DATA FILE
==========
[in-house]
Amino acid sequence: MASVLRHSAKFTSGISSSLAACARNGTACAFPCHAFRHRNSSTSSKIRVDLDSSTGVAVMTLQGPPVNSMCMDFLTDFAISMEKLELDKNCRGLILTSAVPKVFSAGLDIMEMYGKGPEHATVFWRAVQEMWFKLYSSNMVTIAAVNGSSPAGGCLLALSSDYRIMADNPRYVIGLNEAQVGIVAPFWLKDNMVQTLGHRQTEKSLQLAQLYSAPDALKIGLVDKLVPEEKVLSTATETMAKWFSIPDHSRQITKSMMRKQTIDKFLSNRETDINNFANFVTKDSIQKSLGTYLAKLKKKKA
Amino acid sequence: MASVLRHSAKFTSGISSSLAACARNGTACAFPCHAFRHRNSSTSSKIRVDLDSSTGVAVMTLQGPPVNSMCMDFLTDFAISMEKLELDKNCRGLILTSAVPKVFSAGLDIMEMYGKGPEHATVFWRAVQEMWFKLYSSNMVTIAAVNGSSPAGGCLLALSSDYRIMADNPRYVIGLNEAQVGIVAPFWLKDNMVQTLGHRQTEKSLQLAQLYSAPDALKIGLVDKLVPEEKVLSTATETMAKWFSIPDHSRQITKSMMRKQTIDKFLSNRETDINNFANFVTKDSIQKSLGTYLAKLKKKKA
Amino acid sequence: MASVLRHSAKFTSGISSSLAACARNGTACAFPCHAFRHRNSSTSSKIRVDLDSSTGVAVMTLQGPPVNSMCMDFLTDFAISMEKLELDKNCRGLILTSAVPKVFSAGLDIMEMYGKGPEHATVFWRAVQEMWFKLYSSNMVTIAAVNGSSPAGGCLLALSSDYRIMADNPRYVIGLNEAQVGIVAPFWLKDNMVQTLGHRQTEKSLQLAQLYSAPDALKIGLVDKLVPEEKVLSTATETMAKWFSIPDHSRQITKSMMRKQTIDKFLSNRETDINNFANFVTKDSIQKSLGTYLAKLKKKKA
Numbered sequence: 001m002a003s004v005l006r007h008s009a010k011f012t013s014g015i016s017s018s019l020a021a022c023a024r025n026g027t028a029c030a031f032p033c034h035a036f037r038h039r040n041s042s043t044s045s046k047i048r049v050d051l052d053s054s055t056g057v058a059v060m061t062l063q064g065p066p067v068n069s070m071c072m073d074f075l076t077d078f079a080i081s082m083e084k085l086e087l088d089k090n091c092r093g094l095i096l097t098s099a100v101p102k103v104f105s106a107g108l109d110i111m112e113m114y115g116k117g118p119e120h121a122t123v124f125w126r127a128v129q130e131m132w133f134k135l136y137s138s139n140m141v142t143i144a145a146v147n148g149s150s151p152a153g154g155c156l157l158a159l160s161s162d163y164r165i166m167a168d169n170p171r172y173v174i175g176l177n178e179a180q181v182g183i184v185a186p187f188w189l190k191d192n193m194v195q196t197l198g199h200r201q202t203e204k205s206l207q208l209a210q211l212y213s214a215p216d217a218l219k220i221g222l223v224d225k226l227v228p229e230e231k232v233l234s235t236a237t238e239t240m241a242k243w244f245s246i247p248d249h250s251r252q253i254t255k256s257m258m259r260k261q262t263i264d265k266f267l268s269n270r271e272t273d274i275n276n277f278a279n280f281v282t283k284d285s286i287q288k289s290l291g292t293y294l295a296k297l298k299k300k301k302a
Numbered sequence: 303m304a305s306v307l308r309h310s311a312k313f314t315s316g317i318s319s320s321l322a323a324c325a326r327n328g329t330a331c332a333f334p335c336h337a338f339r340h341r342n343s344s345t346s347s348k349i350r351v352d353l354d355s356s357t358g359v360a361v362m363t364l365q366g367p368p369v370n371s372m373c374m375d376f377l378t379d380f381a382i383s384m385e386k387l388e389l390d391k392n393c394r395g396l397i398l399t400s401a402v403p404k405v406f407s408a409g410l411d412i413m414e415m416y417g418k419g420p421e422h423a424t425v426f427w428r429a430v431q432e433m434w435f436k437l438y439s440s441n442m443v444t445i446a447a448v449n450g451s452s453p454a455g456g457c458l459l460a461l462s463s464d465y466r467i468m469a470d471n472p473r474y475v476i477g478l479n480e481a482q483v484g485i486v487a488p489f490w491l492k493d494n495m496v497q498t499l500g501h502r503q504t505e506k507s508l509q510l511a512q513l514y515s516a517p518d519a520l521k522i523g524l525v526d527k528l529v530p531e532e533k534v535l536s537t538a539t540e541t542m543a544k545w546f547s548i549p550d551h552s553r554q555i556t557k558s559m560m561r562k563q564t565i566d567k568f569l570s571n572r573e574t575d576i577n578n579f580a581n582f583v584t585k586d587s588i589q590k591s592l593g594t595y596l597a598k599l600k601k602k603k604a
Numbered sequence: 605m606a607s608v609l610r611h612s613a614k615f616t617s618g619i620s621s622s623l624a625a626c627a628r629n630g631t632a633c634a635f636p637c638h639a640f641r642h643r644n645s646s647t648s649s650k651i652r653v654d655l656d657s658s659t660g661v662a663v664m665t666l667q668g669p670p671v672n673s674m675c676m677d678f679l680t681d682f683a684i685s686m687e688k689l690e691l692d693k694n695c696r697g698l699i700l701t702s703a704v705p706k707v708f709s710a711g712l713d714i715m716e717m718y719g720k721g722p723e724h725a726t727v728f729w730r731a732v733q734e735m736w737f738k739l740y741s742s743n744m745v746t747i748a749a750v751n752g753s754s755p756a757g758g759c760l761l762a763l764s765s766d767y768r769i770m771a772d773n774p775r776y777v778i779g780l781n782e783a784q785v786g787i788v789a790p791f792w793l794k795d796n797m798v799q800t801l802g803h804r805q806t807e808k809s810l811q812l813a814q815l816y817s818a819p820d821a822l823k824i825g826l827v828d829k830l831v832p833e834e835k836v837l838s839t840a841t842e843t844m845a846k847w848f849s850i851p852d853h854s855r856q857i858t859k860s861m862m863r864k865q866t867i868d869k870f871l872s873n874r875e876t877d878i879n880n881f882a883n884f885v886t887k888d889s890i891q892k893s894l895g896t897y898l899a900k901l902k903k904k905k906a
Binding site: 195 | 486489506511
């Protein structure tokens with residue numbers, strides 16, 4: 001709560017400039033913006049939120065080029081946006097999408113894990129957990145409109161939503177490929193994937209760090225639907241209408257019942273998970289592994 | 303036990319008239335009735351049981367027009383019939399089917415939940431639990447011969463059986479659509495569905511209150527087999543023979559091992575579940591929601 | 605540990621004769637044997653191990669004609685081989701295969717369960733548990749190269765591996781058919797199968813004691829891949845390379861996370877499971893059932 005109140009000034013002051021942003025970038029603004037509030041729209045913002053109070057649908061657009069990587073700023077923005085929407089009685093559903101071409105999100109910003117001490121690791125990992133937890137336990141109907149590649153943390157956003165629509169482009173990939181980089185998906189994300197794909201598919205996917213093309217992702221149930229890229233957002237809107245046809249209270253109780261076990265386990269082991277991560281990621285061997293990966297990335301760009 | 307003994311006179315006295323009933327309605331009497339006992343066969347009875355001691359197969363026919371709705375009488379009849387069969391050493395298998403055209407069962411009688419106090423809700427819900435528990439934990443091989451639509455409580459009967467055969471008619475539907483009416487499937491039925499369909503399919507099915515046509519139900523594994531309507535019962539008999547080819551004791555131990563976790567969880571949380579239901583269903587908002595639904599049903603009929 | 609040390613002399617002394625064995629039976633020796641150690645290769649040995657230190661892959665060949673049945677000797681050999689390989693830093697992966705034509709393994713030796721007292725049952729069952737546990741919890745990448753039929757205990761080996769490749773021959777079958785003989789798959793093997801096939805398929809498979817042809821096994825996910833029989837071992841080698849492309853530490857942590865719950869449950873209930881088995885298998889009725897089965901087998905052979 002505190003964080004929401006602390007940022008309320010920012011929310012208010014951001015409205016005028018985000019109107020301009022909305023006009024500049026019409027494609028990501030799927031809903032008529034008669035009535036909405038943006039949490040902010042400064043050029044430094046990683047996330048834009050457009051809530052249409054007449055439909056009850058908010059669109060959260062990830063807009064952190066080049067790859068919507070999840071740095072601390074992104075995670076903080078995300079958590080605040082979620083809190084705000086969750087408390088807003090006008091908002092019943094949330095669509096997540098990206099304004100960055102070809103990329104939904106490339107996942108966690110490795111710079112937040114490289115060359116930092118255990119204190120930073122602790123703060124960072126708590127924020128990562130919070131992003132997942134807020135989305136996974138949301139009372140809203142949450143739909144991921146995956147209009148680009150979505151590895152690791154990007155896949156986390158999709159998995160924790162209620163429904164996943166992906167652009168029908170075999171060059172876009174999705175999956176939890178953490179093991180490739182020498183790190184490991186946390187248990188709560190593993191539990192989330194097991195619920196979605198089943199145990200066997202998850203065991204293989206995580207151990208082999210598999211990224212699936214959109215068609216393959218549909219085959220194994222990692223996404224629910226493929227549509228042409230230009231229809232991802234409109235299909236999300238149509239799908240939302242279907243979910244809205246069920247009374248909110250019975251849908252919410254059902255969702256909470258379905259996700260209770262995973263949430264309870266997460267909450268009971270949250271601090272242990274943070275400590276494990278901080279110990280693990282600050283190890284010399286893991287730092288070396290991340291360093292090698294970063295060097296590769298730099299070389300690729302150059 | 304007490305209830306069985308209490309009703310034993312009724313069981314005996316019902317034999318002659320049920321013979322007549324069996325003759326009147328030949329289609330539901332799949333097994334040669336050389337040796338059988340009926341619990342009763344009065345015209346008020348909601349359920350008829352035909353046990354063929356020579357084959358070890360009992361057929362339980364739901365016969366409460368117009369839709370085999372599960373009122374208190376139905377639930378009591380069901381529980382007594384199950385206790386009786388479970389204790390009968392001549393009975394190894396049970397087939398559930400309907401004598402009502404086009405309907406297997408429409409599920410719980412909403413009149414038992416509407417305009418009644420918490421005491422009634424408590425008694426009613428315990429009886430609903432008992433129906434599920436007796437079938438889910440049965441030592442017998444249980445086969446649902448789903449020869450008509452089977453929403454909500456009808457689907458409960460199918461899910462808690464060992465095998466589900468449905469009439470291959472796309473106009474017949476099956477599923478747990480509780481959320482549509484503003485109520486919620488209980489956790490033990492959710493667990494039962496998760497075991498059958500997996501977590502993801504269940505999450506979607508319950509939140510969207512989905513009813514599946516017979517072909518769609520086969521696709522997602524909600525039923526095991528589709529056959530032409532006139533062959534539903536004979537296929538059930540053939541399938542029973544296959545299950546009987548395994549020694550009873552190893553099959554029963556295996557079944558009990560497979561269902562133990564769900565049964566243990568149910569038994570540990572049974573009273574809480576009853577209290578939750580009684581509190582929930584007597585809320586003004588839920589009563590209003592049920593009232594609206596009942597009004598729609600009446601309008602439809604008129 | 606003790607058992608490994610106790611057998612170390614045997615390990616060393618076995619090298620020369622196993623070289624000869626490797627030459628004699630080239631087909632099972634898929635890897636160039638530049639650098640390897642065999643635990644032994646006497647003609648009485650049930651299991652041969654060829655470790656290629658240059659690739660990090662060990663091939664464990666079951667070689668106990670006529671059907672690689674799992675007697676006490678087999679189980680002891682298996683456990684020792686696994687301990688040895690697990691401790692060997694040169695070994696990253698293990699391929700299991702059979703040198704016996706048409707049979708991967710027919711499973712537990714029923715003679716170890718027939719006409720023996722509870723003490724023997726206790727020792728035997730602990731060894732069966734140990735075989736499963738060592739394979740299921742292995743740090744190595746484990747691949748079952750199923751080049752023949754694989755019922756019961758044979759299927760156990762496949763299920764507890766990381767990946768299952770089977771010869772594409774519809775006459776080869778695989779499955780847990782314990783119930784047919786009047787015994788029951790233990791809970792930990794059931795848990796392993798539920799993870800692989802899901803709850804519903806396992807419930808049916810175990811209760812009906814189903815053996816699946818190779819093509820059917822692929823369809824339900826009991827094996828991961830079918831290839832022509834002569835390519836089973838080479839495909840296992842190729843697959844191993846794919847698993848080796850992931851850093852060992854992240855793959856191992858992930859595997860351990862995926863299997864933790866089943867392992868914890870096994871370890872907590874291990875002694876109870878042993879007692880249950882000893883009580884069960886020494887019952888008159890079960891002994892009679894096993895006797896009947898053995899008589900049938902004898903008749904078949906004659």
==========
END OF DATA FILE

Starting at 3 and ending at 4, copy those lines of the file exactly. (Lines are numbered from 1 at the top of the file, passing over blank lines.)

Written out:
Amino acid sequence: MASVLRHSAKFTSGISSSLAACARNGTACAFPCHAFRHRNSSTSSKIRVDLDSSTGVAVMTLQGPPVNSMCMDFLTDFAISMEKLELDKNCRGLILTSAVPKVFSAGLDIMEMYGKGPEHATVFWRAVQEMWFKLYSSNMVTIAAVNGSSPAGGCLLALSSDYRIMADNPRYVIGLNEAQVGIVAPFWLKDNMVQTLGHRQTEKSLQLAQLYSAPDALKIGLVDKLVPEEKVLSTATETMAKWFSIPDHSRQITKSMMRKQTIDKFLSNRETDINNFANFVTKDSIQKSLGTYLAKLKKKKA
Amino acid sequence: MASVLRHSAKFTSGISSSLAACARNGTACAFPCHAFRHRNSSTSSKIRVDLDSSTGVAVMTLQGPPVNSMCMDFLTDFAISMEKLELDKNCRGLILTSAVPKVFSAGLDIMEMYGKGPEHATVFWRAVQEMWFKLYSSNMVTIAAVNGSSPAGGCLLALSSDYRIMADNPRYVIGLNEAQVGIVAPFWLKDNMVQTLGHRQTEKSLQLAQLYSAPDALKIGLVDKLVPEEKVLSTATETMAKWFSIPDHSRQITKSMMRKQTIDKFLSNRETDINNFANFVTKDSIQKSLGTYLAKLKKKKA